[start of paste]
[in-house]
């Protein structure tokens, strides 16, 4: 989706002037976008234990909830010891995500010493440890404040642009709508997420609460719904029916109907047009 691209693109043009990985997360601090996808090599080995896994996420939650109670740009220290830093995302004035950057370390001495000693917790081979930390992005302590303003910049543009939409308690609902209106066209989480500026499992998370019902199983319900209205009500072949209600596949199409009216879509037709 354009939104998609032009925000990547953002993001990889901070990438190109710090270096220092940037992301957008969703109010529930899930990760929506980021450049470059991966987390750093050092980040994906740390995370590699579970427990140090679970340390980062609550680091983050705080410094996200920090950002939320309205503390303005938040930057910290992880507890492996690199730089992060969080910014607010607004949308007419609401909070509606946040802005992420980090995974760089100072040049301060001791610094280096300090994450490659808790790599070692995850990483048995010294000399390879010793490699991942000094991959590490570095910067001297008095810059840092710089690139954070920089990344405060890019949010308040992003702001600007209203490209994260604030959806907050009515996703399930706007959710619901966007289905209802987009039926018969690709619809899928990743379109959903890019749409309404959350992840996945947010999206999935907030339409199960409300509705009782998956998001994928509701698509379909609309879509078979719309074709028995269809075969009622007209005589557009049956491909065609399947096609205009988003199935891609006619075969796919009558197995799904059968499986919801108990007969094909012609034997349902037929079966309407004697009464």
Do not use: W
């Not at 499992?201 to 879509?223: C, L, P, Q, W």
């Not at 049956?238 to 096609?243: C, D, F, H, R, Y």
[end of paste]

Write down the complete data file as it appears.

[in-house]
């Protein structure tokens, strides 16, 4: 989706002037976008234990909830010891995500010493440890404040642009709508997420609460719904029916109907047009 691209693109043009990985997360601090996808090599080995896994996420939650109670740009220290830093995302004035950057370390001495000693917790081979930390992005302590303003910049543009939409308690609902209106066209989480500026499992998370019902199983319900209205009500072949209600596949199409009216879509037709 354009939104998609032009925000990547953002993001990889901070990438190109710090270096220092940037992301957008969703109010529930899930990760929506980021450049470059991966987390750093050092980040994906740390995370590699579970427990140090679970340390980062609550680091983050705080410094996200920090950002939320309205503390303005938040930057910290992880507890492996690199730089992060969080910014607010607004949308007419609401909070509606946040802005992420980090995974760089100072040049301060001791610094280096300090994450490659808790790599070692995850990483048995010294000399390879010793490699991942000094991959590490570095910067001297008095810059840092710089690139954070920089990344405060890019949010308040992003702001600007209203490209994260604030959806907050009515996703399930706007959710619901966007289905209802987009039926018969690709619809899928990743379109959903890019749409309404959350992840996945947010999206999935907030339409199960409300509705009782998956998001994928509701698509379909609309879509078979719309074709028995269809075969009622007209005589557009049956491909065609399947096609205009988003199935891609006619075969796919009558197995799904059968499986919801108990007969094909012609034997349902037929079966309407004697009464």
Do not use: W
């Not at 499992?201 to 879509?223: C, L, P, Q, W």
């Not at 049956?238 to 096609?243: C, D, F, H, R, Y």